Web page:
The housing unit 101 may include a refrigerant path 215 that is defined by one or more of the structural elements such that refrigerant flows from the supply 211 to the return 213 while cooling air within the housing unit 101. One or more pieces of A/V equipment 217 may be housed within the housing unit 101 so that during operation, the heat produced by the A/V equipment 217 is removed from the housing unit 101, in part, by the flow of refrigerant along the refrigerant path 215. The refrigerant path and structural elements are described in more detail below.
  • [0040]
    In some embodiments, the housing unit 101 may include a plurality of attachment points, generally indicated at 219. The attachment points 219 may include, for example, fastener, screw, or tab holes, along one or more surfaces of opposite parallel walls 201, as illustrated in FIG. 2. In some implementations, such attachment points 219 may be disposed on both a front and rear of the housing unit 101 so that they are accessible through a front door (e.g., 207 shown in FIG. 2) and a rear door (not shown). Such attachment points 219 may allow attachment of the A/V equipment 217 if the A/V equipment 217 is configured with matching attachment points such as a front and/or rear face plate that includes corresponding fastener, screw, or tab holes through which a fastener, screw, or tab may attach the A/V equipment 217 to the housing unit 101.
  • [0041]
    The attachment points 219 may additionally or alternatively allow for attachment of one or more shelves 209. Such shelves 209, similar to the described example A/V equipment 217 may include a face plate or other attachment portion that match the attachment points 219, such as fastener or screw holes, and that allow the shelves to be attached at locations to accommodate the A/V equipment 217.
  • [0042]
    In some implementations, tabs may be coupled to shelves 209 and/or A/V equipment 217 for attachment with a tab and hole based attachment system. In some implementations, additional or alternative attachment mechanisms may be used, such as attachment points within an inner surface of one or more structural elements, or any other desired attachment mechanism.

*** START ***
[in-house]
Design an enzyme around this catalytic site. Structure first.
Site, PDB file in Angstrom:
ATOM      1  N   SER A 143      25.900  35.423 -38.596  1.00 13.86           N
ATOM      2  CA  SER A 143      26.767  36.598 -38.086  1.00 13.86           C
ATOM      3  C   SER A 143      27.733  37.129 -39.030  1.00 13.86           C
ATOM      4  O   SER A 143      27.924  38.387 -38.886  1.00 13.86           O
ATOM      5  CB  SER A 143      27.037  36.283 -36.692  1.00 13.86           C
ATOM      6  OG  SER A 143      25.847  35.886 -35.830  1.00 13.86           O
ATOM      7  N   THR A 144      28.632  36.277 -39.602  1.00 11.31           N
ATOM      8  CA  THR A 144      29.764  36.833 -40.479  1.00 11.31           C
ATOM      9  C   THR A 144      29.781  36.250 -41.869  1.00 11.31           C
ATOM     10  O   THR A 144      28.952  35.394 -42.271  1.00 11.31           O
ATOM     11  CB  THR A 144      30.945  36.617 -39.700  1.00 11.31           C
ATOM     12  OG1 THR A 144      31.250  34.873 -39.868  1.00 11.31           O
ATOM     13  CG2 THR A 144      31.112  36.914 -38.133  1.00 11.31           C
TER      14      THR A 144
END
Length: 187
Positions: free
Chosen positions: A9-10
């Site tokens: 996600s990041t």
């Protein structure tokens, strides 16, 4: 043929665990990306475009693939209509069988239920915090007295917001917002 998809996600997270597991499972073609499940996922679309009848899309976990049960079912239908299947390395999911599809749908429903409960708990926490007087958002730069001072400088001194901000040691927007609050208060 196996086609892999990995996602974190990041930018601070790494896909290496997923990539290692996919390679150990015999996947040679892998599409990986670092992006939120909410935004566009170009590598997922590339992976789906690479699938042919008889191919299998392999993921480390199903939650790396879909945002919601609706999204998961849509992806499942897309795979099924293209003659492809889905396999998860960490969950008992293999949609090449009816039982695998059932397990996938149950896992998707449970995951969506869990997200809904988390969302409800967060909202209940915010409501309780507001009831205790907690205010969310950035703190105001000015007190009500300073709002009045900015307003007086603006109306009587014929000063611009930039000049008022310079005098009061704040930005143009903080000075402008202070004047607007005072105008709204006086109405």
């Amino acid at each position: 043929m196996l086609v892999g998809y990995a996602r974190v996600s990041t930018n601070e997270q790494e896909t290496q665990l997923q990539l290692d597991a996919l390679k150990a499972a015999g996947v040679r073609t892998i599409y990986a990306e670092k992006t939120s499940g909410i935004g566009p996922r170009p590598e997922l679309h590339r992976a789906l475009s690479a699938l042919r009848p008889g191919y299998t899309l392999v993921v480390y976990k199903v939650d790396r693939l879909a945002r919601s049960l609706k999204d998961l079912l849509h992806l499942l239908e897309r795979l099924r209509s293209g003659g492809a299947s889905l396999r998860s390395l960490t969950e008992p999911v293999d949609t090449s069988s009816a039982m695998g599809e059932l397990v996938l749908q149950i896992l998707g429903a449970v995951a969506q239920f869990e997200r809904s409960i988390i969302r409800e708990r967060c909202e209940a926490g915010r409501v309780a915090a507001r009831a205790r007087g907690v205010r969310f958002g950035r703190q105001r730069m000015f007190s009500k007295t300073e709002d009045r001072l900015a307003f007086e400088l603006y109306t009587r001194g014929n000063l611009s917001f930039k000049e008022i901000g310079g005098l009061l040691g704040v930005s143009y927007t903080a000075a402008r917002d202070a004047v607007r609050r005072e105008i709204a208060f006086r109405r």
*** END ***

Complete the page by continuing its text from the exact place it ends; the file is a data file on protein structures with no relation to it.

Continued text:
• [0043]
    Some embodiments of the housing unit 101 may include one or more vents 221, 223. As illustrated in FIG. 2, an air inlet vent 221 may be disposed in the flooring 205 of the housing unit 101. The air inlet vent 221 may allow air from below the housing unit 101 to enter the interior of the housing unit 101. Since cooler air is generally denser than warmer air, air below the housing unit 101 may generally be cooler than air elsewhere around the housing unit 101. To help facilitate such air flow, the housing unit 101 may include one or more support elements 225 to elevate the flooring 205 above a ground of a room in which the housing unit 101 is disposed. The support elements 225 may include wheels, legs, casters, and/or any other desired type of support elements. Also as illustrated in FIG. 2, an air exhaust vent 223 may be disposed in the ceiling 203 of the housing unit 101. The air exhaust vent 223 may allow air from within the housing unit 101 to escape the housing unit 101. Since warmer air is generally less dense than cooler air, the warmest air inside the housing unit may rise to the top of the housing unit 101 and escape out the exhaust vent 223. It should be understood that the positioning and dimensions of the vents 221, 223 are given as examples only, and that other embodiments may include alternative locations, numbers, and dimensions of vents or no vents at all.
  • [0044]
    Some embodiments of housing unit 101 may include one or more power distribution elements 227. The power distribution element 227 may be configured to supply power to the A/V equipment 217 within the housing unit 101. The power distribution element 227 may include, for example, an S-type universal power supply available from American Power Conversion, Corp., West Kingston, R.I. The power distribution element 227 may include a power consumption sensor (not shown), which are well known in the art, configured to monitor an amount of power consumed by the A/V equipment 217 within the housing unit. Such information may be communicated to a controller associated with the cooling system, which is described in more detail below.
  • [0045]
    In some embodiments, the housing unit may include a wiring element (not shown). Such a wiring element may include, for example, an opening in a rear of the housing unit through which wiring may be disposed. The wiring, may include, for example, cables connecting the A/V equipment within the housing unit to A/V equipment outside of the housing unit, such as speakers, displays, etc.